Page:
The hemispherical body, handles and flattened legs of this censer are based on bronze tripod censers of Shang dynasty date, like the ones illustrated by Robert W. Bagley in Shang Ritual Bronzes in the Arthur M. Sackler Collections, Arthur M. Sackler Foundation, 1987, pp. 448-51, figs. 80.2-80.4, no. 81 and fig. 81.1. Another cloisonné enamel censer of this type, in the Qing Court Collection, dated to middle Ming dynasty, is illustrated in The Complete Collection of Treasures of the Palace Museum - 43 - Metal-bodied Enamel Ware, Hong Kong, 2002, p. 45, no. 43.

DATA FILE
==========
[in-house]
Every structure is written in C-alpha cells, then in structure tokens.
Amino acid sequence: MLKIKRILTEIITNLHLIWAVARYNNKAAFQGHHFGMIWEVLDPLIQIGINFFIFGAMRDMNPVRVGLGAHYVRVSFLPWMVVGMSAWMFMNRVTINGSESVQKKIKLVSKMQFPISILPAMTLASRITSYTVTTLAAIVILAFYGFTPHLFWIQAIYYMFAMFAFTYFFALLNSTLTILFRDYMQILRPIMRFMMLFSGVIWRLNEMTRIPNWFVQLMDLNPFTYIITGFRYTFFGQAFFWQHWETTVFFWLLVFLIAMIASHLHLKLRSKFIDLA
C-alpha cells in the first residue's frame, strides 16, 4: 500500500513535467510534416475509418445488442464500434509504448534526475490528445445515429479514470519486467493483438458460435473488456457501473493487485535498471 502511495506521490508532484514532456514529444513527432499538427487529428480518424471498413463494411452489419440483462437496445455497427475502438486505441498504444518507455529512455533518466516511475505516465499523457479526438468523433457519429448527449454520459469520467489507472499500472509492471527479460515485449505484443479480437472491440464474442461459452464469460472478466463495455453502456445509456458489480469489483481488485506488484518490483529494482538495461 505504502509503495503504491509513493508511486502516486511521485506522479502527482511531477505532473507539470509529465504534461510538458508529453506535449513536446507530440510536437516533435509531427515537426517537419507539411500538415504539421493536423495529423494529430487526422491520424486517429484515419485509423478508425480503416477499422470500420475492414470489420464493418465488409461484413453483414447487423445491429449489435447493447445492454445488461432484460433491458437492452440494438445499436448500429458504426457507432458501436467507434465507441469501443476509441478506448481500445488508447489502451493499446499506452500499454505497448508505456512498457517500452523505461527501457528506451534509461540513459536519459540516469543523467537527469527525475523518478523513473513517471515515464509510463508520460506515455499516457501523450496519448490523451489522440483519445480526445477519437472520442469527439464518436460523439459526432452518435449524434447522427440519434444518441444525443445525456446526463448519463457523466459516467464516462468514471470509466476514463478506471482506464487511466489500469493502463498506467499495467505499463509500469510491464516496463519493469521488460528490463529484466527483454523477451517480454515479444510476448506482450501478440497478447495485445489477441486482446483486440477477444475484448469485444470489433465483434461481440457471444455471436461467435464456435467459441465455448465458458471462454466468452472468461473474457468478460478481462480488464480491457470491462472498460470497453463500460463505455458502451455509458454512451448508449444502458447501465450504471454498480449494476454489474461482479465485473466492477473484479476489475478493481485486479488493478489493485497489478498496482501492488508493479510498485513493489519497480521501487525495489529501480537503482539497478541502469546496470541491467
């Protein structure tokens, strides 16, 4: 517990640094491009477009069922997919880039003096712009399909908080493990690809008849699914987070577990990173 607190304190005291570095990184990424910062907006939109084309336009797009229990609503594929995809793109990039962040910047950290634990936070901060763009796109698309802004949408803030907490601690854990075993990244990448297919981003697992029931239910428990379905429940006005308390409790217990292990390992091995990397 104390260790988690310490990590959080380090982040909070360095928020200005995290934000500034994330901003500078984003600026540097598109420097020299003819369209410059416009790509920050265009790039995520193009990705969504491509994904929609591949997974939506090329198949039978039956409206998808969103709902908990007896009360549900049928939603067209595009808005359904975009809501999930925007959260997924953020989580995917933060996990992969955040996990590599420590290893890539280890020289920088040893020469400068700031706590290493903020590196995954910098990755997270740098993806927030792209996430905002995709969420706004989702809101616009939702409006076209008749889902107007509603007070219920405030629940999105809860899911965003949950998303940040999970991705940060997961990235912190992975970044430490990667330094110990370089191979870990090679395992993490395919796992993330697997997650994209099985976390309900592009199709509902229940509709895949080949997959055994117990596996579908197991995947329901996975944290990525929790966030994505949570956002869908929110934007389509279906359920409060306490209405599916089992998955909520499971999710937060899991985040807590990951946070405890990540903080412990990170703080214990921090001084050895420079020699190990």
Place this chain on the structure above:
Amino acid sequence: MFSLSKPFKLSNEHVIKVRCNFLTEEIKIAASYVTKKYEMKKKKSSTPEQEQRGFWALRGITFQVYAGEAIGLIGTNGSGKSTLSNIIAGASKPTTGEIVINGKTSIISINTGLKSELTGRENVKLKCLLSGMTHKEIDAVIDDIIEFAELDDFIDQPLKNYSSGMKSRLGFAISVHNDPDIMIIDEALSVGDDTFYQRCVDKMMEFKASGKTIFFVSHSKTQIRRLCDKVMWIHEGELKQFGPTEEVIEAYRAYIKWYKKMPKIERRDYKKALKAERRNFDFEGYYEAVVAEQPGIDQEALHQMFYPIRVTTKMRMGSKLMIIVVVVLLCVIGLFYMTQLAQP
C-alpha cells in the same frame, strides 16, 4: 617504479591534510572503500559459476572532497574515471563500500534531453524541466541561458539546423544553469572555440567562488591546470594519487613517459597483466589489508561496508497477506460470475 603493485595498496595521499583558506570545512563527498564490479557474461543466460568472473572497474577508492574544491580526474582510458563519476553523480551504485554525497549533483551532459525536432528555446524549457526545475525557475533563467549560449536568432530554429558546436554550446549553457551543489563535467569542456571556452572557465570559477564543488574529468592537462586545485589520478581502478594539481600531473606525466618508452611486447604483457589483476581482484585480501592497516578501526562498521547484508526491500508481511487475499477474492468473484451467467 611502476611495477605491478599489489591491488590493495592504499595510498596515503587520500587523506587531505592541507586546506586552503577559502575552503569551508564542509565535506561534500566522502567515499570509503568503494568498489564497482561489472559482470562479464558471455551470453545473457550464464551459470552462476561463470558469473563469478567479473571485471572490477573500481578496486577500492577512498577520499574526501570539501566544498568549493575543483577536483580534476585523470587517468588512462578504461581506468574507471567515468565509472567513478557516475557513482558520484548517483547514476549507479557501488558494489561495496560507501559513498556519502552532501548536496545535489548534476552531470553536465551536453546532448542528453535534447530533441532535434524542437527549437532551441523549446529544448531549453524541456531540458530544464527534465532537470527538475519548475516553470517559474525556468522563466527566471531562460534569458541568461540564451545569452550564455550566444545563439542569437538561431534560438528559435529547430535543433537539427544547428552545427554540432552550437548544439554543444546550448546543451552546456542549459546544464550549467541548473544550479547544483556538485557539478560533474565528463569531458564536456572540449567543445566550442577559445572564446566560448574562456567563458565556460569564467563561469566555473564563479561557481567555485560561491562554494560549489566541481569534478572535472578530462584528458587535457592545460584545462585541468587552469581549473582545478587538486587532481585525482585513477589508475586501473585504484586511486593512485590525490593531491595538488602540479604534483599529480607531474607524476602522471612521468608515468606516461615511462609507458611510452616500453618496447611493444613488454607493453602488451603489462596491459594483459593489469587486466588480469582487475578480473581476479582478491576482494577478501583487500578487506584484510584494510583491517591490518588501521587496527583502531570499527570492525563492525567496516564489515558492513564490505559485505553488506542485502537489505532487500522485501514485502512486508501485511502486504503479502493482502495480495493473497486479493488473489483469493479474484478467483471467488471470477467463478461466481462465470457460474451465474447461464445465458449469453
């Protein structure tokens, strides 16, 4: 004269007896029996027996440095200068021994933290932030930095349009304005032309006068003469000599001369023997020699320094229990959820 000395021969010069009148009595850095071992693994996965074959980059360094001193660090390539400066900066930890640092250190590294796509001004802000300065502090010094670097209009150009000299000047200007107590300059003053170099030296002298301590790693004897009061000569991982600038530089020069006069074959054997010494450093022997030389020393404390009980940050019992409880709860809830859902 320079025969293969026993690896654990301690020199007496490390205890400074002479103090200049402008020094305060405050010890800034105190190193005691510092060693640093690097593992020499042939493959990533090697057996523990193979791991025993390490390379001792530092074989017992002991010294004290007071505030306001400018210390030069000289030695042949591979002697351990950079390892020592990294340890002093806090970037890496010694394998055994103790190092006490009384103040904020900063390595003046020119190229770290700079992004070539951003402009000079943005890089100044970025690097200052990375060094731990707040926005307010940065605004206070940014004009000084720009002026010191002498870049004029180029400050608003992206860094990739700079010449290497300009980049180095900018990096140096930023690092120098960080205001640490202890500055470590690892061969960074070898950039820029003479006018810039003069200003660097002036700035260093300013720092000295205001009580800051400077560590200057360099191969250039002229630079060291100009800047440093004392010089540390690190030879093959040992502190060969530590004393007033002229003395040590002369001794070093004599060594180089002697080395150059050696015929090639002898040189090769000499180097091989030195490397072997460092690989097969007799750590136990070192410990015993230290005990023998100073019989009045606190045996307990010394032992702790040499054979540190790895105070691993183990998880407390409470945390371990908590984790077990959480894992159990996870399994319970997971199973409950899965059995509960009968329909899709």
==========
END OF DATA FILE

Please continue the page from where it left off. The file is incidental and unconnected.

Stylistically, the Buddhist lion decoration on this tripod vessel is similar to that seen on a bowl dated to the mid-16th century, which has a six-character Jiajing (1522-67) mark incised on the base, illustrated by Bèatrice Quette (ed.), in Cloisonné: Chinese Enamels from the Yuan, Ming and Qing Dynasties, Bard Graduate Center, 2011, p. 302, no. 151. Similar decoration can also be seen on a cloisonné enamel jar in the Qing Court Collection illustrated in The Complete Collection of Treasures of the Palace Museum - 43 - Metal-bodied Enamel Ware, p. 41, no. 39, which has a Jingtai four-character mark, and is dated to middle Ming dynasty.